Story behind the Tragic Death of 'Family Affair' Star Anissa Jones Who Died When She Was Just 18
On March 11, Anissa Jones would have celebrated her 61st birthday, that fact led to a trip down memory lane and to “Family Affair” where it all began.
Born on March 11, 1958, to parents John Jones and Mary Tweel in West Lafayette, Indiana, the family moved to Playa del Rey, California when Anissa was still very young. Mary wanted to give Anissa the best chance of becoming a star in showbiz.
While other children her age played, Mary drove Anissa to learn more skills that would count in her favor in the industry. She was four years old when Mary enrolled her in dance classes.
At the age of six, Anissa snagged her first role advertising cereal in a television commercial, and two years later she landed the role of Buffy in “Family Affair.” Buffy had a doll named Mrs. Beasley that went wherever she did; it became so popular that it became America’s best selling doll during the comedy’s run.
Buffy and her doll became household names, and their faces were on merchandise everywhere. “Family Affair” lunch boxes and coloring books were popular; there were also Buffy paper dolls, a Buffy children’s clothing line, as well as a 1971 cookbook with Anissa’s face on the cover. She was eight years old and famous.
When the comedy got canceled after five seasons in 1971, Anissa was relieved. She felt her role as Buffy became stagnant, as producers insisted on her continuing to play with Mrs. Beasley even though she got older. The work was grueling, and for once she just wanted to be a regular 13-year-old girl.
Her divorced mother’s continual drive for Anissa to succeed in the industry and her need for other things in life as well drove them apart. To the point where she and her brother, Paul moved in with their father.
Sadly shortly after their father gained custody of Anissa and Paul in 1973, he died of heart disease, and the siblings were forced to go back to their mother.
Anissa spent as little time at home as possible and started to keep the wrong company. Piled on top of her newly found drug and party habits, her grades began to drop, it infuriated her mother.
Some time spent in juvenile detention only delayed things to come. The beach parties and the drinking and all the drugs escalated for two more years until Anissa turned 18.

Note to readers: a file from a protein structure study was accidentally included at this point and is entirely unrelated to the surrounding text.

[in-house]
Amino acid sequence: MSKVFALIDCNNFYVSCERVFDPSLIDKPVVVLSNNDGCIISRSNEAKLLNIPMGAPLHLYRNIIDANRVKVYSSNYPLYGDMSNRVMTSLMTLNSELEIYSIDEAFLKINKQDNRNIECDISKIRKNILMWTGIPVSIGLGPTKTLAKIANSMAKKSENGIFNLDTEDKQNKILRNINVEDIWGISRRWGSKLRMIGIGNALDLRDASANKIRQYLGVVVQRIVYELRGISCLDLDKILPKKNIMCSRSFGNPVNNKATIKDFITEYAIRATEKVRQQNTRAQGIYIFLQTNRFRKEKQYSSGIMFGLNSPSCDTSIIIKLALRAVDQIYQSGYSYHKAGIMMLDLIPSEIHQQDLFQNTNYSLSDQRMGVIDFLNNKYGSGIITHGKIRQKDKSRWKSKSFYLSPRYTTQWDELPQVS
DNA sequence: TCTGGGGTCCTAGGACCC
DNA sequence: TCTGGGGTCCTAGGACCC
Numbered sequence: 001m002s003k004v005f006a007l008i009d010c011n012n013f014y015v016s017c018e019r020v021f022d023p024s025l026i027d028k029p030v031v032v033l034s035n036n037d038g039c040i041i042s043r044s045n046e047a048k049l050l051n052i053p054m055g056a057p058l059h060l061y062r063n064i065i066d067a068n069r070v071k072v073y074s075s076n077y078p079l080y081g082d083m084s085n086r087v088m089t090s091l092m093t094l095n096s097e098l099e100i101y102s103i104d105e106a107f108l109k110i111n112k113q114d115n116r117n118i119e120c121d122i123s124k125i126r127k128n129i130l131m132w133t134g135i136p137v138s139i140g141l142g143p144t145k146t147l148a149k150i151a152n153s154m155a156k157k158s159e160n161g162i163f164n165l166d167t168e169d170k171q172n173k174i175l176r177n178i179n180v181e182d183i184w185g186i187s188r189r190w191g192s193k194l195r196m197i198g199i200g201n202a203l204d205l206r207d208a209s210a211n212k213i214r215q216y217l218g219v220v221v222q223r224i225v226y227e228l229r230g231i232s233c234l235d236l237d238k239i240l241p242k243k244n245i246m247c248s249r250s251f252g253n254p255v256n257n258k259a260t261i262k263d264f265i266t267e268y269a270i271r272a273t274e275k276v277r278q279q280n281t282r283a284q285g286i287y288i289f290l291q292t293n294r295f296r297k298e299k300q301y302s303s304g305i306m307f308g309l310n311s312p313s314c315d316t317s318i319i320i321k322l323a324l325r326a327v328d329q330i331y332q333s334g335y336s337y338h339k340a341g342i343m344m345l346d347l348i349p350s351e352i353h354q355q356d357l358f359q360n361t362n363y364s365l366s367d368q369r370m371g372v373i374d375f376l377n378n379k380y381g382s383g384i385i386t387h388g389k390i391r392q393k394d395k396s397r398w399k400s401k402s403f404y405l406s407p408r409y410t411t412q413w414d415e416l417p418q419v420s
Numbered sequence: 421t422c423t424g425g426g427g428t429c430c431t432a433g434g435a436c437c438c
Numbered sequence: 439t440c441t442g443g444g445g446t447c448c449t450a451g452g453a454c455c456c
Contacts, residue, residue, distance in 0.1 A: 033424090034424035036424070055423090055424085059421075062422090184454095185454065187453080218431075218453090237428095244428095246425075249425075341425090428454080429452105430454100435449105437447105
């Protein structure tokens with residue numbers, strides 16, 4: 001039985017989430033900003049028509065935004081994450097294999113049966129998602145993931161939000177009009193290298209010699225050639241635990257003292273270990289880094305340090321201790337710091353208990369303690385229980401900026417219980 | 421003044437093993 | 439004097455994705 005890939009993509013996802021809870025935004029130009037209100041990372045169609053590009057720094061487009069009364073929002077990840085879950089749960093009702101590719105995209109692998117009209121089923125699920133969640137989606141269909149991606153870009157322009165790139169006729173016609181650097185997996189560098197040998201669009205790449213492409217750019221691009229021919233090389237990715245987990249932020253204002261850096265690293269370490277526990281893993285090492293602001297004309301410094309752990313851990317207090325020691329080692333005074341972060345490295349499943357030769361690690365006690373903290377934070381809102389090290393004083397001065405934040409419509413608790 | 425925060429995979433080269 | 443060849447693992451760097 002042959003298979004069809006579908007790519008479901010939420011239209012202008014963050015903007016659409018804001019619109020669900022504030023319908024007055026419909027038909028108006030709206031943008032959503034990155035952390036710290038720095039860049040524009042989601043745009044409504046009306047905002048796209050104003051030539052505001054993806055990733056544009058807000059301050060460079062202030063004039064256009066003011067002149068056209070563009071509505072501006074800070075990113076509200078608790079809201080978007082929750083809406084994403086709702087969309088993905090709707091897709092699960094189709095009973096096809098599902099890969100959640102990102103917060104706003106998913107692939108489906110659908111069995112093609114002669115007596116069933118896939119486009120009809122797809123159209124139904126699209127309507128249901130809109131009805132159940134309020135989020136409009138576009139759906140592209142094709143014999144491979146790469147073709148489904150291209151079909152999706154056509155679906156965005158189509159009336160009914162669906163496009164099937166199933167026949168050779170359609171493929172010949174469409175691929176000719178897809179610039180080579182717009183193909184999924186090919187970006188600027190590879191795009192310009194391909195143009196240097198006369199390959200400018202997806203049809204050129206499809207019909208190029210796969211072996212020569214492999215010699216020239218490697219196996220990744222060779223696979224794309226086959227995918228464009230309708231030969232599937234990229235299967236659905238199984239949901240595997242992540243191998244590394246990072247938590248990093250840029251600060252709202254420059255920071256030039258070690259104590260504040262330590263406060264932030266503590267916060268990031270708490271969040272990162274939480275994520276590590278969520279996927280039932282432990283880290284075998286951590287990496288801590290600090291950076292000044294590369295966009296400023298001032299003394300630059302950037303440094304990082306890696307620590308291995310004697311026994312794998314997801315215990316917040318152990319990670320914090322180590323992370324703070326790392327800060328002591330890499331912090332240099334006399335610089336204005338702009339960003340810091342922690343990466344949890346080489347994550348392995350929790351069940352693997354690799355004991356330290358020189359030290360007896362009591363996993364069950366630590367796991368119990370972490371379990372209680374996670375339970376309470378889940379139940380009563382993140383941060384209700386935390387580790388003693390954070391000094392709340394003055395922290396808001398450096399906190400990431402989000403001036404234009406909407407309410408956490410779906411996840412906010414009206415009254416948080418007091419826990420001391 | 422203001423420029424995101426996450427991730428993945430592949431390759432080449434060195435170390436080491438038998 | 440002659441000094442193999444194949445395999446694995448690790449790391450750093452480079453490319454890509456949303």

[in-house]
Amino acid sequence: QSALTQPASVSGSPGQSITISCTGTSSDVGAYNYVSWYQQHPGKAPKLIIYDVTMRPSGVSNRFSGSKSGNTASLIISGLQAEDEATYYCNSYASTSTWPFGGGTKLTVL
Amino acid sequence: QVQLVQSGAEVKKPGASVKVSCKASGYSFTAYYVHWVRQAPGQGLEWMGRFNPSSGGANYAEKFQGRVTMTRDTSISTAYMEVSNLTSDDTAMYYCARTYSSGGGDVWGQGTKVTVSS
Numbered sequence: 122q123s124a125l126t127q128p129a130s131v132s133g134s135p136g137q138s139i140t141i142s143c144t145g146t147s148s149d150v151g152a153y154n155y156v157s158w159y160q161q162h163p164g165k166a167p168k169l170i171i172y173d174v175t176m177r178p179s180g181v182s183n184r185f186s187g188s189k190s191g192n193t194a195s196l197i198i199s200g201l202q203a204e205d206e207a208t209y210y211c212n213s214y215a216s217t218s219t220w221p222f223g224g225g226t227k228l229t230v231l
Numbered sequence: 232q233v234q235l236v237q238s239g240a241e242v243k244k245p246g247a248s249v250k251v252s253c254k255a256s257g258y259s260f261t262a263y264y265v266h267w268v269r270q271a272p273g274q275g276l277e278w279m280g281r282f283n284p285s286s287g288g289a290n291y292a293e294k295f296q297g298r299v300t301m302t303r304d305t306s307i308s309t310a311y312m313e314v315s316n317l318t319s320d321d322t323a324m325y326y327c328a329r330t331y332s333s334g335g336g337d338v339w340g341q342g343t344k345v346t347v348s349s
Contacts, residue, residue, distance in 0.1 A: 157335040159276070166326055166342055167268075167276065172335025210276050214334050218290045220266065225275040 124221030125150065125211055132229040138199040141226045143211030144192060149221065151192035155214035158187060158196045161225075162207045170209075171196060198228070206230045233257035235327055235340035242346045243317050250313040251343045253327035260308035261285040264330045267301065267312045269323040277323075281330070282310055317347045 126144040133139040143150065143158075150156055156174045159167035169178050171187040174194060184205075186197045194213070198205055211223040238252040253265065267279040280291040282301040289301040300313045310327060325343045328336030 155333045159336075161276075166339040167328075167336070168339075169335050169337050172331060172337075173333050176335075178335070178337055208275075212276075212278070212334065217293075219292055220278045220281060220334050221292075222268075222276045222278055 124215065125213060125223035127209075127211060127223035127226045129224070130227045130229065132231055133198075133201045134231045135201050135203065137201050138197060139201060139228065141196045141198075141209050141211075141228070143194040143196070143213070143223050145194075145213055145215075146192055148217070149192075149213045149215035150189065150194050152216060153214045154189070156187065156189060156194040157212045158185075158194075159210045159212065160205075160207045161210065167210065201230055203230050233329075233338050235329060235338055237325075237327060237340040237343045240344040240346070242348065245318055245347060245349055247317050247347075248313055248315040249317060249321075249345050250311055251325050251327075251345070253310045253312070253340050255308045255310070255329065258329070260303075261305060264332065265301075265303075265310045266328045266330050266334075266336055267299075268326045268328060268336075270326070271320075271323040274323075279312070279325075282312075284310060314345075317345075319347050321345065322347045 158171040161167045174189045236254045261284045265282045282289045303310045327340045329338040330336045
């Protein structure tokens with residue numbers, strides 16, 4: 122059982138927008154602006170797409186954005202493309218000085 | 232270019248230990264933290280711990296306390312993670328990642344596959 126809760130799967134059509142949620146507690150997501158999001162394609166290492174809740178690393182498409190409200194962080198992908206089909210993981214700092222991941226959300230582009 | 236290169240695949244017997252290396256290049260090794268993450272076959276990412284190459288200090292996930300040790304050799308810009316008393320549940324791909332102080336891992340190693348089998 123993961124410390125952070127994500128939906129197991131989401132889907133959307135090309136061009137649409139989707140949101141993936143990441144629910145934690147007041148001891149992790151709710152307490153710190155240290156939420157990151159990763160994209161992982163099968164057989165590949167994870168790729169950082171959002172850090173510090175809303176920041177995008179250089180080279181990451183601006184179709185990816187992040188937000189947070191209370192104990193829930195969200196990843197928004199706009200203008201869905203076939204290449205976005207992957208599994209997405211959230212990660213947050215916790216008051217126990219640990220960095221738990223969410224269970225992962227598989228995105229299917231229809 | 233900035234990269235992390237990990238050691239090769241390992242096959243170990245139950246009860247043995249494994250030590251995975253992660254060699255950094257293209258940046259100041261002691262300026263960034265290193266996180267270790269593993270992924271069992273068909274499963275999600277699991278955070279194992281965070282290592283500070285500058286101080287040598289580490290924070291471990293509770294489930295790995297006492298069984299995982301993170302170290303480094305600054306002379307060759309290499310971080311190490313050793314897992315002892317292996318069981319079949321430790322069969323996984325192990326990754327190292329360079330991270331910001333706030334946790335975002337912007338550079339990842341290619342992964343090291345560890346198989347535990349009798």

At legal age, Anissa’s US Savings Bonds from her “Family Affair” earnings would become available to her in the amount of $177,800. Suddenly she had more money than she knew what to do with.
Actually, she did know, Anissa bought a place for her and her brother to stay and spoiled him with a stacked out Camero. And she bought drugs, lots of drugs.
Her boyfriend at the time, Allan Kovan did little to curb her enthusiasm and generosity with the drugs and presents and parties.
On August 28, 1976, while at a friend’s house party, Anissa took a cocktail of barbiturates, phencyclidine, cocaine, and methaqualone. It was drugs she was known to use, but on that night it would be her last.
As soon as her friends found 18-year-old Anissa, they called the paramedics, but it was too late. The coroner called it one of the most massive overdoses he’d ever seen. Eight years later her brother Paul also died from a drug overdose.
For “Family Affair” costar Brian Keith life was also hard to cope with. He got diagnosed with lung cancer and emphysema early in 1997, in April that year his daughter committed suicide.
Chemotherapy was rough on Brian, and apparently, he also suffered from financial troubles. Unable to get past the death of his daughter and deal with everything else on top of it all, he decided to end it all on June 24, 1997, when he shot himself in the head.
Other cast members from “Family Affair” died as well, death seems to be around everyone that starred in the show.
This has led to many calling the comedy show “cursed,” and with only two cast members still alive, one recently answered that question.
The National Suicide Prevention Lifeline is 1-800-273-8255. Other international suicide helplines can be found at befrienders.org.